There is much art in the creation of vibrant public play spaces. Their aesthetic, their physicality and their spatial rendering push mind and body to new imaginative experiences. This presents a great opportunity for virtual galleries like PlayGroundology FB to curate news, design, research, advocacy and trends.
After a couple of years of experimentation, I’ve found the pace that I think I can maintain. Each weekday two new posts are added to the gallery which is purposefully light on words and heavy on visuals. For those looking for story, words can frequently be found via bitly click throughs in the accompanying text.
Each day is a discovery of what is new in the realm of outdoor play and what is informing and inspiring playscapes in a variety of countries around the world. In the past year, growth in page likes has gone from just under 400 to just over 1600 with a very high retention factor. If you haven’t stopped by, please do and invite your friends along also. You’ll come across some interesting fare.
When I show my kids photos and short video clips of some of these one of a kind playscapes, they are invariably in awe. I usually get two questions immediately, “can we go there?” followed by “why don’t they have any playgrounds like that here?” They’re both great questions particularly the latter. I don’t have any answers to that question yet for the community I live in but I’m working on it.
Material is sourced from mainstream media, specialty online publications, academic journals, original posts in the PlayGroundology blog, twitter, flickr, blogs, other FB pages, online national archive collections for those photos from yesteryear and anywhere else I can poke my inquisitive nose around. A big thank you to all those who created the original content. I do my best to cite and recognize sources and where possible link to them.
On occasion posts in the PlayGroundology FB Gallery turn into blog posts. One of those is starting to brew right now. Back in November I posted a photo of a play space in a Rio neigbourhood. For me there is an undercurrent of strength in this image that speaks to the power and promise of play. Just a couple of days ago, reader and play pioneer, Richard Garcia posted on PlayGroundology FB that he was in Rio at the playground in question. He has met with people in the community, taken more pictures and we’re now trying to connect to talk about this place of play.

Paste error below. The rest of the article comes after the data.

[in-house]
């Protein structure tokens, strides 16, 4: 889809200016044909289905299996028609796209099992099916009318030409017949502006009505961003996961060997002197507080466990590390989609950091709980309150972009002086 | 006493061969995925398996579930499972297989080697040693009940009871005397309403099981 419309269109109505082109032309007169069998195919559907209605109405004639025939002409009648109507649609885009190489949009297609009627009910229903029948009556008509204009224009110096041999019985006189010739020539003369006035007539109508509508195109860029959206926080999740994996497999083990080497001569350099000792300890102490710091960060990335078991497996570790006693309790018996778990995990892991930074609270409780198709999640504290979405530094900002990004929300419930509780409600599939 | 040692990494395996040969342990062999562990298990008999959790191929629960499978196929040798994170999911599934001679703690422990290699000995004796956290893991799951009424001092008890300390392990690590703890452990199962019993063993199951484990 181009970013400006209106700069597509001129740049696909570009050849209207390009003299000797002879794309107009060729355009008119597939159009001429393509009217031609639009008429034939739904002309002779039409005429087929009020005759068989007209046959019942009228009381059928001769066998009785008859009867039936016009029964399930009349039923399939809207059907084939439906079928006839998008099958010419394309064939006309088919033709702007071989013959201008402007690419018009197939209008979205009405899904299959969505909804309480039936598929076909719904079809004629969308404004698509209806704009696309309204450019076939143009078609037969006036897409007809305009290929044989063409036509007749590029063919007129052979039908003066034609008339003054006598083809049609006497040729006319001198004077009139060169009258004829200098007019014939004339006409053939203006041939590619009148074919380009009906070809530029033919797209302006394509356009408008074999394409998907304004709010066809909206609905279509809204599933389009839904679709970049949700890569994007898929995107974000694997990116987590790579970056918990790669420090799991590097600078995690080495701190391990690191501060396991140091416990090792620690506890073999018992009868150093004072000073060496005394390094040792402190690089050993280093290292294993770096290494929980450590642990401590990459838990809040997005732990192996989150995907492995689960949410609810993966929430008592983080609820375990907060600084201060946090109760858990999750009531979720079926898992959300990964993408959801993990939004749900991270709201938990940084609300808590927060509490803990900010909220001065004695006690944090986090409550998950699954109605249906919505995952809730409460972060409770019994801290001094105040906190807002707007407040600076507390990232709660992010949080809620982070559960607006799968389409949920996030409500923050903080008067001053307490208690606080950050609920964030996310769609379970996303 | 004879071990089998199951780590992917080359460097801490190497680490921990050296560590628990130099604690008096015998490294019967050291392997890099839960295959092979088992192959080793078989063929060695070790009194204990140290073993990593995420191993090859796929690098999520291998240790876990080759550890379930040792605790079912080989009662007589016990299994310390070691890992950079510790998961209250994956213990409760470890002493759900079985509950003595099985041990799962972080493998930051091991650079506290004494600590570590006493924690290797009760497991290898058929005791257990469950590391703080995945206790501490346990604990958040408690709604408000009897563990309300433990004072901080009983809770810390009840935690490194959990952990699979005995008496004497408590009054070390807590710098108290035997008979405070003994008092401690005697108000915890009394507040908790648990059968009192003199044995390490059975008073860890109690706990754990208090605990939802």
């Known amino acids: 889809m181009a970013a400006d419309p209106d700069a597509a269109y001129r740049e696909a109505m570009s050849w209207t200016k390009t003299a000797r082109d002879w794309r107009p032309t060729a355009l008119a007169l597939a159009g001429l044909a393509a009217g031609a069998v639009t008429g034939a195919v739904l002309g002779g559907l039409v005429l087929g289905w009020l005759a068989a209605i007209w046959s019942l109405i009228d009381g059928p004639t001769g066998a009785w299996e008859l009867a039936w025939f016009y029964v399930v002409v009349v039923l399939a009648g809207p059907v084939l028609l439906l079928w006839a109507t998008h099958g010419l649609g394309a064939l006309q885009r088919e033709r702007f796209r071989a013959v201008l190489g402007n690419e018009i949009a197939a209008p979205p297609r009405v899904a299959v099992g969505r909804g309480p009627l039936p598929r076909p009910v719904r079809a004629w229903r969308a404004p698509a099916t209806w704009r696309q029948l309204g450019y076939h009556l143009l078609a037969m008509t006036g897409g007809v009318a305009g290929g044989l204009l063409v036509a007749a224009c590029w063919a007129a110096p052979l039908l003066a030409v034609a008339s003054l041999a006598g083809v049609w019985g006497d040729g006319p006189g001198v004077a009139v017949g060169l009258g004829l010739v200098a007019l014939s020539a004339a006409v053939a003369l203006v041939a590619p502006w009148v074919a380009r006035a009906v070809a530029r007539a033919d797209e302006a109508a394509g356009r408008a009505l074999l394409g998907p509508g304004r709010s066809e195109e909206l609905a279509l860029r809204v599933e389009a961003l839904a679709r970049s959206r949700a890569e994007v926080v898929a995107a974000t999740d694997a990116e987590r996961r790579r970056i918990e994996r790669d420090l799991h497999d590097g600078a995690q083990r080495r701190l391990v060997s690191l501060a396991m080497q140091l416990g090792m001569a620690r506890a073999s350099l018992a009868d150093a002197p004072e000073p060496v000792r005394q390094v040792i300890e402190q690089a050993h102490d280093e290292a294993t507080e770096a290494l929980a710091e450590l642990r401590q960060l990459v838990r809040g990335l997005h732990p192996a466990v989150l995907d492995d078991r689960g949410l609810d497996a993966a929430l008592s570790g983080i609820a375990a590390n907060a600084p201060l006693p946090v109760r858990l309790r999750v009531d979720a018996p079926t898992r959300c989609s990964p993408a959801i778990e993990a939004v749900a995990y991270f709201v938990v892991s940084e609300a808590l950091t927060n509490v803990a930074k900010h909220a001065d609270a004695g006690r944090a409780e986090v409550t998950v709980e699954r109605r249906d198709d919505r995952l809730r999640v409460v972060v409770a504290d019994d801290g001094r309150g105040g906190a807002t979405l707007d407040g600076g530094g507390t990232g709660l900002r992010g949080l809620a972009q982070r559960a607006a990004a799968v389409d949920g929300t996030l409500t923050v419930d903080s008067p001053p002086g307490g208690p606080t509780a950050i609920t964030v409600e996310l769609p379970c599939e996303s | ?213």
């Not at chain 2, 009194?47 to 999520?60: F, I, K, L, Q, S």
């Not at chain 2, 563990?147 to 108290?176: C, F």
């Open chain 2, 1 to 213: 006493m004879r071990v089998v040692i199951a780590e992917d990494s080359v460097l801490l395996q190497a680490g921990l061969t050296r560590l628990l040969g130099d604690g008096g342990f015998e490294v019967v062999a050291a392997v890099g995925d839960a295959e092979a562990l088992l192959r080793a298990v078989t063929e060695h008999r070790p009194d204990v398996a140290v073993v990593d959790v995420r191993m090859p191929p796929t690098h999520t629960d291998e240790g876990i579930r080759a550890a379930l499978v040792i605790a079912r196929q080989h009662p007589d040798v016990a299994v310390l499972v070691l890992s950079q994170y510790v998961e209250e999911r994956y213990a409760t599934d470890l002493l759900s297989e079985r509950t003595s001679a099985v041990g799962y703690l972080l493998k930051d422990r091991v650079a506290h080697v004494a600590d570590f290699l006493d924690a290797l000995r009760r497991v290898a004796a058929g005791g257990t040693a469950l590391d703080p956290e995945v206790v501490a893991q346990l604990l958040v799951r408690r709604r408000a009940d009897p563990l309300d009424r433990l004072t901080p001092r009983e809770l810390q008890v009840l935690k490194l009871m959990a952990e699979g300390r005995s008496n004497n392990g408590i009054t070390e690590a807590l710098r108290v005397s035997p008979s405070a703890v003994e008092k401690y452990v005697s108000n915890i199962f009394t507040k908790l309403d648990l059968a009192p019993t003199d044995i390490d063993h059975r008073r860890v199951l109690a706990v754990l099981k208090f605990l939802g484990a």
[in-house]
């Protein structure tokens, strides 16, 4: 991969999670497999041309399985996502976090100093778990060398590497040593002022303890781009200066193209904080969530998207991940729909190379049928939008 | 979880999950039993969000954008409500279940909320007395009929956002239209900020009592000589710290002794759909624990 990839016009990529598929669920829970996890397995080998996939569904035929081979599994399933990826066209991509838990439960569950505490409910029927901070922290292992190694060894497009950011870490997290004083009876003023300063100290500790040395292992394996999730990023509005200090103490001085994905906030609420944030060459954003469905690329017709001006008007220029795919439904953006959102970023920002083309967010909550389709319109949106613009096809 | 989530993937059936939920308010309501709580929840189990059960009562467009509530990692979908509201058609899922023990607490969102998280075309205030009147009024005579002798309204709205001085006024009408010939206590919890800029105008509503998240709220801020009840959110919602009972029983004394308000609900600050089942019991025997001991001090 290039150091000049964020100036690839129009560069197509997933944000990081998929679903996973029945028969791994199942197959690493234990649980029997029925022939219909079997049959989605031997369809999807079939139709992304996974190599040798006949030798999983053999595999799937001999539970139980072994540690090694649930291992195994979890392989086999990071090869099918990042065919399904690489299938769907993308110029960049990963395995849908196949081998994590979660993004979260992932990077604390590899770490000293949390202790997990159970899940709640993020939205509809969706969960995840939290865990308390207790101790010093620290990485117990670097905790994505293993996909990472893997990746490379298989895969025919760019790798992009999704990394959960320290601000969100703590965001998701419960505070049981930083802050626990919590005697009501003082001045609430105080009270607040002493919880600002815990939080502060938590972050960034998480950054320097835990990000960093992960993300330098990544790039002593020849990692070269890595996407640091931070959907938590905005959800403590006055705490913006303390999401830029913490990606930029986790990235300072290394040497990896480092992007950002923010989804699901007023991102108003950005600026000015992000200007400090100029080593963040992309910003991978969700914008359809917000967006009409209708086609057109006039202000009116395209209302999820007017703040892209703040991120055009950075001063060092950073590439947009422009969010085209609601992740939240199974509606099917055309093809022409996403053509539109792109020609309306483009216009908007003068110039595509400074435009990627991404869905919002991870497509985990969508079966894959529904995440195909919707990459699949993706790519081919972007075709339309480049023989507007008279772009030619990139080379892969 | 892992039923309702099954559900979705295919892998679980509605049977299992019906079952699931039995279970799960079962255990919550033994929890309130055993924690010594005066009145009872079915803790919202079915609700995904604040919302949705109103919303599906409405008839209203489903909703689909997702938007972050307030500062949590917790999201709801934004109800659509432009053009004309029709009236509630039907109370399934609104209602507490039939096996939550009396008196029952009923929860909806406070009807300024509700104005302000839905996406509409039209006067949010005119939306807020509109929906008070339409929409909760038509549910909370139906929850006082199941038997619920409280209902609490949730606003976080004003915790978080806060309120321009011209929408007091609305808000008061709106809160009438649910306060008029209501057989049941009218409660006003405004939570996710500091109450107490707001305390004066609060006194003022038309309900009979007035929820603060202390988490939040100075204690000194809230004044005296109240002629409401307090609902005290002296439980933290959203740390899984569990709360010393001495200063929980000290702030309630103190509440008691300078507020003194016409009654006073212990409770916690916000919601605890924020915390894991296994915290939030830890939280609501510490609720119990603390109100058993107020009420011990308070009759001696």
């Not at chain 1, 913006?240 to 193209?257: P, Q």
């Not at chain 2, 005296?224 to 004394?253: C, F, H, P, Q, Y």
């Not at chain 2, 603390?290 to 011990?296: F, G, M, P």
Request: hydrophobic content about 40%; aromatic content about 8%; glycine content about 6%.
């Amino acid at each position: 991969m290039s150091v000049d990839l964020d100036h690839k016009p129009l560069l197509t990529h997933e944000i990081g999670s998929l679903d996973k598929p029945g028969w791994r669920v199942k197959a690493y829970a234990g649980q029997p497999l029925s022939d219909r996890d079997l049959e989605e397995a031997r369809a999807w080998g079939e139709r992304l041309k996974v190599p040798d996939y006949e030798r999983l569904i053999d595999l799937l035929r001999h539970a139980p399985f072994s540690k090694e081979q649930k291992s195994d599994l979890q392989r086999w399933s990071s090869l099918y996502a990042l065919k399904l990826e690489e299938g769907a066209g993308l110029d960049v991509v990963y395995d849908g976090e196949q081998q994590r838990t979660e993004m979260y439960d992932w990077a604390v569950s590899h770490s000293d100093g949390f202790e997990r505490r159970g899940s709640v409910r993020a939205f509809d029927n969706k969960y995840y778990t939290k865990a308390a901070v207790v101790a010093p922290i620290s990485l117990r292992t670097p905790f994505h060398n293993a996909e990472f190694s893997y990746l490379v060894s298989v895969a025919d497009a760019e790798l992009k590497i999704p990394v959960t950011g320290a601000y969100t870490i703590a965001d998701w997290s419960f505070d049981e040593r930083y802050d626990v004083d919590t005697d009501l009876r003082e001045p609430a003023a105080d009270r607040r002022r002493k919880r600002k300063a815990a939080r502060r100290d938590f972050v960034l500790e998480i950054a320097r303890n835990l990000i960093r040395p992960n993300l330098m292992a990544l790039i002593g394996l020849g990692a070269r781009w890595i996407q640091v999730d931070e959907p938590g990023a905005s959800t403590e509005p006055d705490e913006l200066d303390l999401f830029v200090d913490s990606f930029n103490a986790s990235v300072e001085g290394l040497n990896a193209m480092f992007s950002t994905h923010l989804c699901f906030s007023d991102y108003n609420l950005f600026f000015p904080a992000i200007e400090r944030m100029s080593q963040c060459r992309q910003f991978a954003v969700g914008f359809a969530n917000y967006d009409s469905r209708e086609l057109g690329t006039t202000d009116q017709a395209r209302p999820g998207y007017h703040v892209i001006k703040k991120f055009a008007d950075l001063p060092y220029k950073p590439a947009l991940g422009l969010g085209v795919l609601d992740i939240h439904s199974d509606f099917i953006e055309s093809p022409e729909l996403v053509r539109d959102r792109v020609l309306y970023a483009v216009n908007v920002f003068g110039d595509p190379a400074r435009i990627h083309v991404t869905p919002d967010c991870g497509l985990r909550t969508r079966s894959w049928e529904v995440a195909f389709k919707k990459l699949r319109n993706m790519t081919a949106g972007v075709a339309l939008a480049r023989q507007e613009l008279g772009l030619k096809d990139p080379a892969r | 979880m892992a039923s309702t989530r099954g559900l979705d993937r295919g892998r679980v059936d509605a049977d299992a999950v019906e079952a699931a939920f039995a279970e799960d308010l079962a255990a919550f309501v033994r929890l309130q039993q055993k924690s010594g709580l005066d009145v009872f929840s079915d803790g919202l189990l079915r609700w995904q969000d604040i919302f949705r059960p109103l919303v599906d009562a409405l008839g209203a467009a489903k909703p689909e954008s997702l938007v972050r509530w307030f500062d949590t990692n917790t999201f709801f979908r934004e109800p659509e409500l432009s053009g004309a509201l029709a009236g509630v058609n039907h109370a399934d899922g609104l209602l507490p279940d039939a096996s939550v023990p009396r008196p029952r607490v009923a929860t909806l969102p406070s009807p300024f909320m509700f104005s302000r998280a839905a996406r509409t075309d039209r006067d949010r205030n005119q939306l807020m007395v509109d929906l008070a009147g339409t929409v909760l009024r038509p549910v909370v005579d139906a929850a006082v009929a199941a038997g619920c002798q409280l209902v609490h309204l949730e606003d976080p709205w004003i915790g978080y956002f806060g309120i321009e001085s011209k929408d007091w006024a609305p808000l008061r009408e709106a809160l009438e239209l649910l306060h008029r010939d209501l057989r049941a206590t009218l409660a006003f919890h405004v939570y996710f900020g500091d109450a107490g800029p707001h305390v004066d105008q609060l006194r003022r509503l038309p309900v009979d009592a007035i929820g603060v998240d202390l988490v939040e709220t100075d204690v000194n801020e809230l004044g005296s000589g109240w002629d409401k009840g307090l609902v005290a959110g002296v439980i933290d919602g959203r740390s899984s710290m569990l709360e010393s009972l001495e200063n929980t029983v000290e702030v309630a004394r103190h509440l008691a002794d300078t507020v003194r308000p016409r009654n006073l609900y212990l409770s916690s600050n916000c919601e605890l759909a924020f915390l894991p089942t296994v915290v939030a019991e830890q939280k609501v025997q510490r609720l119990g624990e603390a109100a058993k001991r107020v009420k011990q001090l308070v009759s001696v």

I am continually surprised by the creativity, beauty and originality of the work I encounter trekking across the interweb in the quiet, expectant hours of early morning and the sometimes weary arc of night. Last week, from out of the blue a Polish designer and artisan popped up sending PlayGroundology FB a message about his work. Turns out that Barnaba Wójtowicz-Szczotka makes incredible bespoke playground equipment and accessories.
It’s the exchange and participation of others engaged and involved in the design and creation of public play spaces that makes curating PlayGroundology FB so enjoyable. Their posts and comments build on what I’ve been able to find. A great example is a video posted in the comment section earlier this week by Davies White Landscape Architect. The video provides a tour of the almost completed Dinton Pastures Country Park in England. Sit back and enjoy.
Occasionally, a post gets liked and shared at a rapid rate and really takes off. I have not really been able to determine what it is that makes these posts move as they do but in some way they catch the readers’ imagination. With 300 plus shares, 100 likes and over 52,000 views, the photo below outstrips anything that has been posted to date by a long shot.
If you are already a regular PlayGroundology FB visitor thanks for dropping by. If you haven’t yet had the chance, please check us out. The gallery is open 24/7, is updated 5 times a week and a lifetime membership is free. As an added bonus check Playgroundology FB’s likes for more great play related content on facebook.